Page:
European Commission President José Manuel Barroso told the new eurosceptic prime minister of Iceland yesterday (16 July) that his country should decide “without further delay” if it wanted to continue accession negotiations, or abandon plans to join the EU.
“We look forward to clarity, on the validity of Iceland’s membership application, after the parliamentary assessment on EU accession which will take place this autumn,” Barroso told Sigmundur Gunnlaugsson, who made his debut in Brussels since becoming prime minister on 23 May.
Gunnlaugsson, 38, is Europe's youngest democratically elected head of government. Since 2009, he has led the Progressives, a centre-right and liberal party affiliated with the Liberal International.
The Progressive Party finds most of its support from farmers and fishermen. In coalition with the Independence Party (see background), the Progressives oppose EU membership.
Barroso said the Commission respected the decision of the government regarding the accession process. In May, the new government announced a halt to the country’s EU accession talks until Icelanders vote in a referendum within the next four years on whether they want membership negotiations to continue.
'The clock is ticking': Barroso
“It is in the interest of the EU and Iceland that the decision is taken on the basis of proper reflection, and in objective, serene manner,” the Commission president stated.
But Barroso insisted that the Union expected Iceland to make up its mind fast.
“The clock is ticking, and it is in the shared interest of us all, that this decision is taken without further delay. We hope that this debate in Iceland will provide us with clear indications on the way ahead,” he said.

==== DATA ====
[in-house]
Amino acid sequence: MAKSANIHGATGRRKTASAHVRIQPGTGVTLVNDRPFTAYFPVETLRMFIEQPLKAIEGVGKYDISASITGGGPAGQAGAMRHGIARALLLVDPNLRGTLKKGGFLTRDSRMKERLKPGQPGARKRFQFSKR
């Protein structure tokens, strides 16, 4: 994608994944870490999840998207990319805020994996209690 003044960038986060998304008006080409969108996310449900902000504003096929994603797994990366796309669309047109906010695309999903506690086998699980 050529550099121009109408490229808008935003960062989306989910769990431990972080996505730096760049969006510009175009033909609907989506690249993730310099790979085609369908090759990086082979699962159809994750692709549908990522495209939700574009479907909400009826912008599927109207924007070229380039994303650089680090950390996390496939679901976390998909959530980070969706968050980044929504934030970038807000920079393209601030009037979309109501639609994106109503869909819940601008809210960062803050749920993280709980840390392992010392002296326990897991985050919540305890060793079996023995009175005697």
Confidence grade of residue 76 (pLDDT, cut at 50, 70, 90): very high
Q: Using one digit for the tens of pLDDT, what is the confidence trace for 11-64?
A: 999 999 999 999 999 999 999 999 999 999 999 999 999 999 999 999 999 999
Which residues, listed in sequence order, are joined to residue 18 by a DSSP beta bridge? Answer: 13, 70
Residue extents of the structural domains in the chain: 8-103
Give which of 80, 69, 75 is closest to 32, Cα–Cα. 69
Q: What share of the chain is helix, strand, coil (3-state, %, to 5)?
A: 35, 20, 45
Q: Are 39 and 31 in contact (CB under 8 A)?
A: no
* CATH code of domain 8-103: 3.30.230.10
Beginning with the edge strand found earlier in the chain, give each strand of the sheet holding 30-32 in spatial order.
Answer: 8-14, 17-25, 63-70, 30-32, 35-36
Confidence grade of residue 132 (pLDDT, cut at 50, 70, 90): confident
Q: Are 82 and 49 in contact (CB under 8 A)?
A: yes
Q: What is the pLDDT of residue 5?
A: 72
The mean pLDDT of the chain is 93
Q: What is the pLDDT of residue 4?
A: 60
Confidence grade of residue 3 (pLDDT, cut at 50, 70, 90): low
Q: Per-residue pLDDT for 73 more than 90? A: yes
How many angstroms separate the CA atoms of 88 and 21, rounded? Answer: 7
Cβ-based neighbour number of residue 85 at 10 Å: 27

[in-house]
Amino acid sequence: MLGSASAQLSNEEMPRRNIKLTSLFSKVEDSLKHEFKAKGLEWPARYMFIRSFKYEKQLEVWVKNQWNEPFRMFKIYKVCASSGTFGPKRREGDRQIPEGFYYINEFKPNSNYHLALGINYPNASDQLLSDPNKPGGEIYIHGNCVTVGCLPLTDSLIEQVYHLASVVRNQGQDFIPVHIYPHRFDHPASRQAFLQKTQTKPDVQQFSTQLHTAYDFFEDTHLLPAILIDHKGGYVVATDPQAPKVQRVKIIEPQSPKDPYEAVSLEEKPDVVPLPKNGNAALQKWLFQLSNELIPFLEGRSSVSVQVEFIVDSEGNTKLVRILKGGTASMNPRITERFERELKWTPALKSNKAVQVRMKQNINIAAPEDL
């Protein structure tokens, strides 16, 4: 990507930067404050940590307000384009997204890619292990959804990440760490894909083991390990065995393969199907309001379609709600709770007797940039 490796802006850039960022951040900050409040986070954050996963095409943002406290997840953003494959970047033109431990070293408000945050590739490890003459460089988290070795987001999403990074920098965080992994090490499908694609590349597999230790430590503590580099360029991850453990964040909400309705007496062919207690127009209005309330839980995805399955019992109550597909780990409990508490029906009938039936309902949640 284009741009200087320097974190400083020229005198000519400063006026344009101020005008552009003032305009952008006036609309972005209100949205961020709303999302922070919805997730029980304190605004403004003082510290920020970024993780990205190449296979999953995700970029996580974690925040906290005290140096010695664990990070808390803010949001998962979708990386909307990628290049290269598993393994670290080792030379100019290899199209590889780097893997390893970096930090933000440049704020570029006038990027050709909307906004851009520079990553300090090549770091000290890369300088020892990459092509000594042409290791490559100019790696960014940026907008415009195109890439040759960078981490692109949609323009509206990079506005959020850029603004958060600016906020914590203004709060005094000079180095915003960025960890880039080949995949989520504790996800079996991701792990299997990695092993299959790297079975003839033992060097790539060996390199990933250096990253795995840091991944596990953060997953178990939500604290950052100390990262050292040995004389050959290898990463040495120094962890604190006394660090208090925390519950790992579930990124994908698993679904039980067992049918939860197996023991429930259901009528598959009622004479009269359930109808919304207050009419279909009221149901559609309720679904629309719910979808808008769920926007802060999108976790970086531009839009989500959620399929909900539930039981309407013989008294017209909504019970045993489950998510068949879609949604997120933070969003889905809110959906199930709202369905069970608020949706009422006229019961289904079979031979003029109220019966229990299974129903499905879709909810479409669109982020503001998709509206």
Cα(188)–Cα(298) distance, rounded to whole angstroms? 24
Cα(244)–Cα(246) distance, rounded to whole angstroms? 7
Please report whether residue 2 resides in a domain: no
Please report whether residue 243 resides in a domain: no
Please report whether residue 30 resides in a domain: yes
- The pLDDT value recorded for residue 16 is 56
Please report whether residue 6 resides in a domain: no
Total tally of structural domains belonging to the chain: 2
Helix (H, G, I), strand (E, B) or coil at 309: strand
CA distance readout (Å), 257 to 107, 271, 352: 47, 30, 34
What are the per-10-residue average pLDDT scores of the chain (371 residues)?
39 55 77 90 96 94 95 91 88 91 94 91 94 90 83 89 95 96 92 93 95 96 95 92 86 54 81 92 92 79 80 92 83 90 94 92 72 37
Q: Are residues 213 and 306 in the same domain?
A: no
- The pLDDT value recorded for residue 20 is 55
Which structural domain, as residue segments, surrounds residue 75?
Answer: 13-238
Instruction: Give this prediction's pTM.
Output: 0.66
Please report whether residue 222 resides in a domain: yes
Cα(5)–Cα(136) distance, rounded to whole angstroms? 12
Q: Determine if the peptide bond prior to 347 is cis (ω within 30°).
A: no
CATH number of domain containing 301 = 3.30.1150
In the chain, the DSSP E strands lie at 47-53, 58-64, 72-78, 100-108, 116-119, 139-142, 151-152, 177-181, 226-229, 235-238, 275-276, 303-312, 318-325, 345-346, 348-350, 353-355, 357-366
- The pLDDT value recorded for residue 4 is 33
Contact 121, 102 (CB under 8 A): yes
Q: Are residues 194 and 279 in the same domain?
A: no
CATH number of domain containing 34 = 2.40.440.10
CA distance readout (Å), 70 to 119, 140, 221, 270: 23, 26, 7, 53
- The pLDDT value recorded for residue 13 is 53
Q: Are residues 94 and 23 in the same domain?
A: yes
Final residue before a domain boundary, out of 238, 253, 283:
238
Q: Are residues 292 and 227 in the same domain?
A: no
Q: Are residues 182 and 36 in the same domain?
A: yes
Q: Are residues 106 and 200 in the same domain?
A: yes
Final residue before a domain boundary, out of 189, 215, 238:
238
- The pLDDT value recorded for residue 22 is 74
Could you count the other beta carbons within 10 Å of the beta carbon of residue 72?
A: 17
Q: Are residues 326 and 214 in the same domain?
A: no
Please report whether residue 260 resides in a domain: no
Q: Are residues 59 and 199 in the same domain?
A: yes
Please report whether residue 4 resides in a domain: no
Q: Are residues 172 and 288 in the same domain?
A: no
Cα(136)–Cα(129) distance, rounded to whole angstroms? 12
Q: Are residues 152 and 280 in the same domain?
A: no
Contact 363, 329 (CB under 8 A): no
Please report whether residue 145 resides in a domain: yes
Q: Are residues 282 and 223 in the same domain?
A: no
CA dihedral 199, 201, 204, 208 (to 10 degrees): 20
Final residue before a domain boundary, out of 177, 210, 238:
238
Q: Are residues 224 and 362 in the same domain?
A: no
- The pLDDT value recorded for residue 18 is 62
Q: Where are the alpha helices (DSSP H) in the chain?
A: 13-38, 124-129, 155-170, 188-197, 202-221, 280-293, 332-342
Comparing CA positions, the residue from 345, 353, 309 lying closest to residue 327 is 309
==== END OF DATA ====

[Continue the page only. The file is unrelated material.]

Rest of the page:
Barroso told his guest that “the unanimous decision of EU member states” to open negotiations remained valid. Since the EU opened negotiations with Iceland in July 2010, Croatia joined the Union this month.
"My message today is clear; provided that Iceland wants it, we remain committed to continue the accession negotiations process, which I’m certain could address Iceland’s specificities,” Barroso said, in reference to the difficult negotiation chapter on fisheries.
Gunnlaugsson said he had used the opportunity to ask Barroso about “developments in the EU” and founds his answers “very informative”. After a debate in Iceland's Parliament in the autumn, he said it would be possible to assess “how things progress” with regard to his country’s EU bid. But he said a decision on when to hold the referendum had not yet been made.
Asked about possible sanctions on mackerel overfishing, which EU fisheries Commissioner Maria Damanaki threatened to impose the previous day, Gunnlaugsson said he expected the EU to be consistent with WTO rules and said he hoped a “negotiated solution” could be found.
Iceland recently unilaterally increased its mackerel quota, saying that the move was justified after the fish began migrating further North as a result of warming seas.
Icelandic lessons on fishing best practices
Gunnlaugsson insisted that Iceland was committed to sustainable fisheries and said that in fisheries, Iceland could teach the EU some best practices.
“We would like to assist the European Union in gaining similar results, regarding their fish stocks. If the EU preserves their fish stocks in the same way as we do, that would increase the value of European fisheries tremendously,” he said.
Barroso retorted that the mackerel fishing was a matter of serious concern to all coastal states, and that the stock was now in danger.
“We want a negotiated agreement, and therefore we cannot support unilateral action by our partners,” he said.
Gunnlaugsson insisted on having the last word and said that if both sides decided to look at the scientific advice, he was certain that a solution could be found.